Life in New Orleans

Last night, I was robbed at gunpoint.

Its a traumatic experience. For me, its a little more traumatic because I hate to have control taken from me. There is no more effective way to dominate someone than to point a gun at them.

“Give me what you got,” he said as he flashed the gun. And so, I pulled out my wallet and looked hard at the $30 I had just taken from the ATM. I was so slow in handing him the money (not the wallet, mind you), that Alexis began to get worried that I was going to do something crazy. (Later, in talking about the situation, she called me a “loose cannon”. Which is why I love her so much.)

After he took the money, he and his friend walked slowly down the street. A bum who happened to be passing by dropped his bag of trash and its contents scattered. He was oblivious to the whole thing. The stellar pair turned left at the next cross street so I went down the block the other way and turned right.

As I turned the corner, sure enough, there they were. They saw me and ran. The first guy turned left and his buddy shouted “Turn right, right!” and they both disappeared around the corner.

That’s the last I saw of them. And now I’m mad. I hate stuff like that. Crazy goons ruining the first night out Alexis and I have had in a long time. Alexis getting scared so that she won’t venture out after dark anymore. I hate that. I hate how they take control with a few simple words and the flash of a gun.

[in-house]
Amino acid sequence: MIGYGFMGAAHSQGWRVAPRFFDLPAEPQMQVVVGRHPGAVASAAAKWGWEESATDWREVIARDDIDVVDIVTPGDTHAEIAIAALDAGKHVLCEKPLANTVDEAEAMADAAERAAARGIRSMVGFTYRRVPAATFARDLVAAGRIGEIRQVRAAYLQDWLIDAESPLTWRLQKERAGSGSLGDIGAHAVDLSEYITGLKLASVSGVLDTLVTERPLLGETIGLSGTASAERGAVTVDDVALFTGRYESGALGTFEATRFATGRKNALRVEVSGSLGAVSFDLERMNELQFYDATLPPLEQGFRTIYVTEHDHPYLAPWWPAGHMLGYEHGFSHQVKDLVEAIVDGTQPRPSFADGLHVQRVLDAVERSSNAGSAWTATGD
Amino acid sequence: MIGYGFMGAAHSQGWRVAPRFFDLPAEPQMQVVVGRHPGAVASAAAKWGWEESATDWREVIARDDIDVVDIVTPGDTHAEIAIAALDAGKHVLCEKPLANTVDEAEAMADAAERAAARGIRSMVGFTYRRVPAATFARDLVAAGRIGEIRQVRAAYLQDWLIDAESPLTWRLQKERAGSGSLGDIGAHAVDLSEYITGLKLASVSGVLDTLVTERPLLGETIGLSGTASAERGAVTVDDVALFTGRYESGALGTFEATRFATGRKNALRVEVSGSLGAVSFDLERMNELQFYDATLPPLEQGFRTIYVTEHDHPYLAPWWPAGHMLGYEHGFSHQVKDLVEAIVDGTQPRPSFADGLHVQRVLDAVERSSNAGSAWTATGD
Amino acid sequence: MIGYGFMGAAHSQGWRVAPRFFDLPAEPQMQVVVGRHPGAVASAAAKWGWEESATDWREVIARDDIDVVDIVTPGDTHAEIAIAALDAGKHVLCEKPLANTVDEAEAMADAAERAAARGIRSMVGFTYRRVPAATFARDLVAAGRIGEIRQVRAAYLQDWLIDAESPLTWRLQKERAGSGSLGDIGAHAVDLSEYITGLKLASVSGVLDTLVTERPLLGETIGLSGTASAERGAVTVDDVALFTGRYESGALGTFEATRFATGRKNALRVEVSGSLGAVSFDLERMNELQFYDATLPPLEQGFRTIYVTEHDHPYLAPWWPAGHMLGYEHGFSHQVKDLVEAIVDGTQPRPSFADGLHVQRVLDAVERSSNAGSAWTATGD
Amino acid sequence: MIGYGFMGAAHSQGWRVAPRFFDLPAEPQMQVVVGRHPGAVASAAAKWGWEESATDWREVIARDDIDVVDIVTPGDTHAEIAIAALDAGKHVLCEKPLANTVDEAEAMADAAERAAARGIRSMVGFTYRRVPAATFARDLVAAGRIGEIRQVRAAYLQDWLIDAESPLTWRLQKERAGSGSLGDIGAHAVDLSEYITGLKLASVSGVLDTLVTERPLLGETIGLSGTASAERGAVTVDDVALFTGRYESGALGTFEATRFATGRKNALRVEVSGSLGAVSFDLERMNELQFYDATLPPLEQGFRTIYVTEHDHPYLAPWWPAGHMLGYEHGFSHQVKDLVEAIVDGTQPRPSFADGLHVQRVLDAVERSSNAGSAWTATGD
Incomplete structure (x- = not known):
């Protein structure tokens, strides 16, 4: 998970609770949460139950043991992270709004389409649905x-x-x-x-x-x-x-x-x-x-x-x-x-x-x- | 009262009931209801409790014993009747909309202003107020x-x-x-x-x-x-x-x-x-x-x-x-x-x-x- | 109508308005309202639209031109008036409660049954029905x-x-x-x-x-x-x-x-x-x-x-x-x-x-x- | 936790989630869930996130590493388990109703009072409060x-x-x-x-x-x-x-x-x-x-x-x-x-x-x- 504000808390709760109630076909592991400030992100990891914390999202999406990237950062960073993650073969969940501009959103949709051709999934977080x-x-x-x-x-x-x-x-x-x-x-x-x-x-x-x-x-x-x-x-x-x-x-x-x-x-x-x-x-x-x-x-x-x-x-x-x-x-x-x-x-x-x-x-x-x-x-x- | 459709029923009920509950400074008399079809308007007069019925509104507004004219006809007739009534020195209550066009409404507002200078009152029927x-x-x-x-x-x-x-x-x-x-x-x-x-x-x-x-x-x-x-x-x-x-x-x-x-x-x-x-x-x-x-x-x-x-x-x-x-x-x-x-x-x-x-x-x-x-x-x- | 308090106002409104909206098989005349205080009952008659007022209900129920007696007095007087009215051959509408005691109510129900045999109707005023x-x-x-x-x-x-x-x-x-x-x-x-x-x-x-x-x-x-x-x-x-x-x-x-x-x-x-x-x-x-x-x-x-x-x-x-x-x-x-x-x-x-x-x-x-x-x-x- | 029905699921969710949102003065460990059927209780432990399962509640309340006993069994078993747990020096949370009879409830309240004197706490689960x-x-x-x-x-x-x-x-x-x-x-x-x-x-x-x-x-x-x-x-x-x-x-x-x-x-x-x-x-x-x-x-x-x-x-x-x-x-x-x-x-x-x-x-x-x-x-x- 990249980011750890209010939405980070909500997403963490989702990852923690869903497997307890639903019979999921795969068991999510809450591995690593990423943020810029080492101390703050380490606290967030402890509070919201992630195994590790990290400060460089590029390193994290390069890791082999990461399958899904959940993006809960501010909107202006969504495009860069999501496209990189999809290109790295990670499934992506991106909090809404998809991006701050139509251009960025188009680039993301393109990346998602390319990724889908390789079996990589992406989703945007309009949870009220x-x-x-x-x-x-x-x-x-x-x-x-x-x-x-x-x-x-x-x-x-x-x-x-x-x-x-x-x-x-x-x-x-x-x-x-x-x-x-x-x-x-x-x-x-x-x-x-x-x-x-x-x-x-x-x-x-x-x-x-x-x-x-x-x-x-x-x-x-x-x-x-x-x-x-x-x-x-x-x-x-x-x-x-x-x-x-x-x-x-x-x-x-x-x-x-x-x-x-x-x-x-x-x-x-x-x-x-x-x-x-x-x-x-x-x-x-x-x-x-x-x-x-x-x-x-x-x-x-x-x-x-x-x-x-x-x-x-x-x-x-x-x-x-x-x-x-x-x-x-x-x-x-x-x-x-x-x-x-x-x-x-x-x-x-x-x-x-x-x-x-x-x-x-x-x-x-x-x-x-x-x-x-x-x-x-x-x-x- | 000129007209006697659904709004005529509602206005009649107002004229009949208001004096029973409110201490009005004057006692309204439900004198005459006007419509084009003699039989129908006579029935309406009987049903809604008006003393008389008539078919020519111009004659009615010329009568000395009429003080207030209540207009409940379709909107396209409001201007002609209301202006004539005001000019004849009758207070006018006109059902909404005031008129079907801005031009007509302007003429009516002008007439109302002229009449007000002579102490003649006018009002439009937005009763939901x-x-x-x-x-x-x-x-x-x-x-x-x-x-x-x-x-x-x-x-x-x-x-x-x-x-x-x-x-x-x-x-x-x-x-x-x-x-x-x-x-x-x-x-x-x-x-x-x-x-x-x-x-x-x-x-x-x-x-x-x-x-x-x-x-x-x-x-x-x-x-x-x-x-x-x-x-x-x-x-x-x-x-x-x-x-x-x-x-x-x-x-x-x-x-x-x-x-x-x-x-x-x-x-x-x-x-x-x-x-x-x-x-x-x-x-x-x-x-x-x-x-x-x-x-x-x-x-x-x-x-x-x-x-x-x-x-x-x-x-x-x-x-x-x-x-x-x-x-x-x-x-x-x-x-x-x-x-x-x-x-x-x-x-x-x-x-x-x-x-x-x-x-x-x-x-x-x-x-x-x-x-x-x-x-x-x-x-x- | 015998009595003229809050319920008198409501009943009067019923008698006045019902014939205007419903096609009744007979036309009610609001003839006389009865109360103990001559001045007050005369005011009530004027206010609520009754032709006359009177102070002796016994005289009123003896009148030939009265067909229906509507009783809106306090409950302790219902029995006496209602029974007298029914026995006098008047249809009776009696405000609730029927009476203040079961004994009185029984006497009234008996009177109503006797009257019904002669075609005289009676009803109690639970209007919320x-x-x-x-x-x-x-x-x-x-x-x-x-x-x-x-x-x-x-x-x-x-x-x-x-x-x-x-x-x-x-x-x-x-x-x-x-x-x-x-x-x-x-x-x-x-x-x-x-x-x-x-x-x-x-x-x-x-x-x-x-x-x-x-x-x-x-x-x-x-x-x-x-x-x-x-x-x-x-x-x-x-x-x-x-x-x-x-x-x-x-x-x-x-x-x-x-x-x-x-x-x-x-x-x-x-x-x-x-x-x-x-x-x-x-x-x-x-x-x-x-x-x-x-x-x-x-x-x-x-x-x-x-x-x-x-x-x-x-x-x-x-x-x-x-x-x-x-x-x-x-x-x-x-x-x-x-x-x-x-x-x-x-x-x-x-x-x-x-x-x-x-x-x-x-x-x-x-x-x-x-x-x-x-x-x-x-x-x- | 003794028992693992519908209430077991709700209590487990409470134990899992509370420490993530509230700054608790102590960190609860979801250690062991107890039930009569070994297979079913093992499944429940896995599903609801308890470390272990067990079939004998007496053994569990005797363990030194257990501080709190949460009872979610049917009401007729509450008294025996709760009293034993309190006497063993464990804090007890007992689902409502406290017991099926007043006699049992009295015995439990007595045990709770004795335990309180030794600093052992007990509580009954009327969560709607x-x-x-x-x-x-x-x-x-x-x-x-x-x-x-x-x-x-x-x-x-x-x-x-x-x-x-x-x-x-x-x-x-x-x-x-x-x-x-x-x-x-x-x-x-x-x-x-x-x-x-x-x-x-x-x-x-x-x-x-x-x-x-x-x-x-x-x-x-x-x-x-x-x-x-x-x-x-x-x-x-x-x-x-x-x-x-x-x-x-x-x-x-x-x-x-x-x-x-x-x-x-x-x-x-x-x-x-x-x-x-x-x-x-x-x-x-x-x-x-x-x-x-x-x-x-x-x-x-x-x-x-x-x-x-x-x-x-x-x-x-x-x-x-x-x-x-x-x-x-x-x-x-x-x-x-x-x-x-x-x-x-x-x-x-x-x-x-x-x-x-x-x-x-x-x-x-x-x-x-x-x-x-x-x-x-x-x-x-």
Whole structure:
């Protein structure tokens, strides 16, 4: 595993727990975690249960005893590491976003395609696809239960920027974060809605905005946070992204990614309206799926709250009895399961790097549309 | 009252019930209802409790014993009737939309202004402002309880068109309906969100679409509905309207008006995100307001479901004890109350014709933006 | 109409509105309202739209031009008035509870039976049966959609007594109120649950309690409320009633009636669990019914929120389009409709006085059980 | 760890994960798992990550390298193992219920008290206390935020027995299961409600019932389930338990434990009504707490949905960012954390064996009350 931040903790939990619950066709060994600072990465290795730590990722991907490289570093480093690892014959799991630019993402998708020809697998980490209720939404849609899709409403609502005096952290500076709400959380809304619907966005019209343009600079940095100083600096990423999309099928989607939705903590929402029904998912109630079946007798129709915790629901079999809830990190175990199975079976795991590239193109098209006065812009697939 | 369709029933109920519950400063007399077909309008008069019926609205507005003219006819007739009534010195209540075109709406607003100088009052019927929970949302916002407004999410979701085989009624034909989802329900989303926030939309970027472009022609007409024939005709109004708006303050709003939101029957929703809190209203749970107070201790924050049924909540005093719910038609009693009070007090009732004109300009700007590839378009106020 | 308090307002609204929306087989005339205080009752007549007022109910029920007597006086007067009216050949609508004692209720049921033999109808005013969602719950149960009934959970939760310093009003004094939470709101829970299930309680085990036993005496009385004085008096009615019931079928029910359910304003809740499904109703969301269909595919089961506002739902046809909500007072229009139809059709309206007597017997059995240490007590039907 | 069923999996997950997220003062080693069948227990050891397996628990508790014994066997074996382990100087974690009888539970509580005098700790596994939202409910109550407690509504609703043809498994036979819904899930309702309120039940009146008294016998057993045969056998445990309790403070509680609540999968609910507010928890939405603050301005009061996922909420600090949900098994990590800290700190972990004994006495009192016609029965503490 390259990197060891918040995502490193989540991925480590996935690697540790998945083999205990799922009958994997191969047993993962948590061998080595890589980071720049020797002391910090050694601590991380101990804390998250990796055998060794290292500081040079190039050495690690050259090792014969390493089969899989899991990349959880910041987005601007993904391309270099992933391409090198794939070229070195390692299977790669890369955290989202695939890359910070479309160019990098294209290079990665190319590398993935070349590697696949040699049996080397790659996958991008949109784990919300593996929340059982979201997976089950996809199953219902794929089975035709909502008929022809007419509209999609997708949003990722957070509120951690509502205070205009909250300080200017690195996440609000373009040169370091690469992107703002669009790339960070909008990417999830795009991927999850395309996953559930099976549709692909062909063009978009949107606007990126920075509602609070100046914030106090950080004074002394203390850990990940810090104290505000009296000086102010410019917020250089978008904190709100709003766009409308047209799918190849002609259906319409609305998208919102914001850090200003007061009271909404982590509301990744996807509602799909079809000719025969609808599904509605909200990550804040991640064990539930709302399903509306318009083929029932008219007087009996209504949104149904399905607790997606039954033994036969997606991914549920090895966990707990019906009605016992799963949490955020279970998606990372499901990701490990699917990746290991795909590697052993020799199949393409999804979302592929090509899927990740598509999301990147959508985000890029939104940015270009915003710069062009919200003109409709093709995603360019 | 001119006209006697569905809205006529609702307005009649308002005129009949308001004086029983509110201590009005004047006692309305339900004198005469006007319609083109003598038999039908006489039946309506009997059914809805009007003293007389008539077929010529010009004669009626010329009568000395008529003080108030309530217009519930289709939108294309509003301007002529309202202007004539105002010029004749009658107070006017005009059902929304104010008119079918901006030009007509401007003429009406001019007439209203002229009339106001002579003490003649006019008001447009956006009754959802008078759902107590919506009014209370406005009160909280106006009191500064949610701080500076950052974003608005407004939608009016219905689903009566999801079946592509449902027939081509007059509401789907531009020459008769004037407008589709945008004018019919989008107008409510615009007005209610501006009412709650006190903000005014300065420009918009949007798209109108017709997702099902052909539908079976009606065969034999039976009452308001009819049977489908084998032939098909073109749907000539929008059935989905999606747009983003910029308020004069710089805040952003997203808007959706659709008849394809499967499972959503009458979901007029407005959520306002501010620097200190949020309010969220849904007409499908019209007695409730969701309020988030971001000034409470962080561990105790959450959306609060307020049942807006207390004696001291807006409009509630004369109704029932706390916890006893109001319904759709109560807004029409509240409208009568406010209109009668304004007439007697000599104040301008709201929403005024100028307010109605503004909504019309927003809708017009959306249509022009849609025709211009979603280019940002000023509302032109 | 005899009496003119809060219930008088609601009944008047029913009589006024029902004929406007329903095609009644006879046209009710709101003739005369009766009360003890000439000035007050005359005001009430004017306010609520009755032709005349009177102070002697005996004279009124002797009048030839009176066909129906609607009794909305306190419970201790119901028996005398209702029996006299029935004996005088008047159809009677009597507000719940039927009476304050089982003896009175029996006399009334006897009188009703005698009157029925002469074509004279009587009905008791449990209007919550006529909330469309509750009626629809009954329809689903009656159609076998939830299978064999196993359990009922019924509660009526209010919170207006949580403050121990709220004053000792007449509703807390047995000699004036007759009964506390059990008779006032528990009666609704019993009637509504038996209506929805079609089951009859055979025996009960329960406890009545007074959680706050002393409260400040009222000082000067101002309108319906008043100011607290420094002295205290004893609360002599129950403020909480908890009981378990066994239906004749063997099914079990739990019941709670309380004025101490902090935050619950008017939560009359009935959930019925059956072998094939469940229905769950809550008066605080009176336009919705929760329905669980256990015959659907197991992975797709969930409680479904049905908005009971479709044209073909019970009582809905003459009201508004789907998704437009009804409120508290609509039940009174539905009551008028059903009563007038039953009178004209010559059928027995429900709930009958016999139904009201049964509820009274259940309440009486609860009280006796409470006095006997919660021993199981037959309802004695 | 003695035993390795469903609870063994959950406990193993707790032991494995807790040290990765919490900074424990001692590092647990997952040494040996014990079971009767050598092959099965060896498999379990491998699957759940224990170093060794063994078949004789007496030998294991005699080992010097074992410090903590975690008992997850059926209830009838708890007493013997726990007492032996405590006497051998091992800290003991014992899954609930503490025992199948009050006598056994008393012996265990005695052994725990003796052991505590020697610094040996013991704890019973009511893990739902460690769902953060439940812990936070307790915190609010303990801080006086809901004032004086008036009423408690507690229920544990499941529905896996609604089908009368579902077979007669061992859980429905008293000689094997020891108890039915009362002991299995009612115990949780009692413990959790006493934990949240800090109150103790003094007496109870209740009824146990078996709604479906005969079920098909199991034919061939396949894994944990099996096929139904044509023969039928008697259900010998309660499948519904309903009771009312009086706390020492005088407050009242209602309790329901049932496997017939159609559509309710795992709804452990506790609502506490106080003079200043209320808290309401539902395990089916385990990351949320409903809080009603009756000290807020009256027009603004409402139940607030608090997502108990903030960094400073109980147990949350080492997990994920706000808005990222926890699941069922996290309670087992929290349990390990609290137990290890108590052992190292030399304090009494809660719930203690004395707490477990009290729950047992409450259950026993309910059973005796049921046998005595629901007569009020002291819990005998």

So right now, I’ve got this big psychological battle going on in my head. I’m trying to avoid dwelling too much on how I could have psyched them out by ignoring them the whole time. How we should have run when we saw them make the too obvious move to close us in. I’m trying to avoid all that.

Instead, I’m remembering why I choose to live in this city in the first place. Part of it is neighbors that we have — the people who were watching our kids that night, who share a border with our backyard, who are godparents to our oldest daughter, whose grandchildren are lifted over the fence to play with our kids. Those are some great people and this experience helps me understand how much I value that particular relationship.

We know practically everyone on our city block. Our kids play with theirs and we’ve grown much closer over the past few years than a lot of people have the opportunity to do nowadays. From what I’ve seen and heard, its common to not even talk to your neighbors, but here we have a block full of neighbors that we talk to on a regular basis.

When I tell someone from outside the city what happened, they ask “When are you going to move?” Or “That’s why I moved!” But, why should I let a couple of two-bit punks — dishonest men scared to face me on a crowded street — why should I let them ruin the relationships I have where I live? Why give up the people here for $30?

Whom should I fear?

2 thoughts on “Life in New Orleans”

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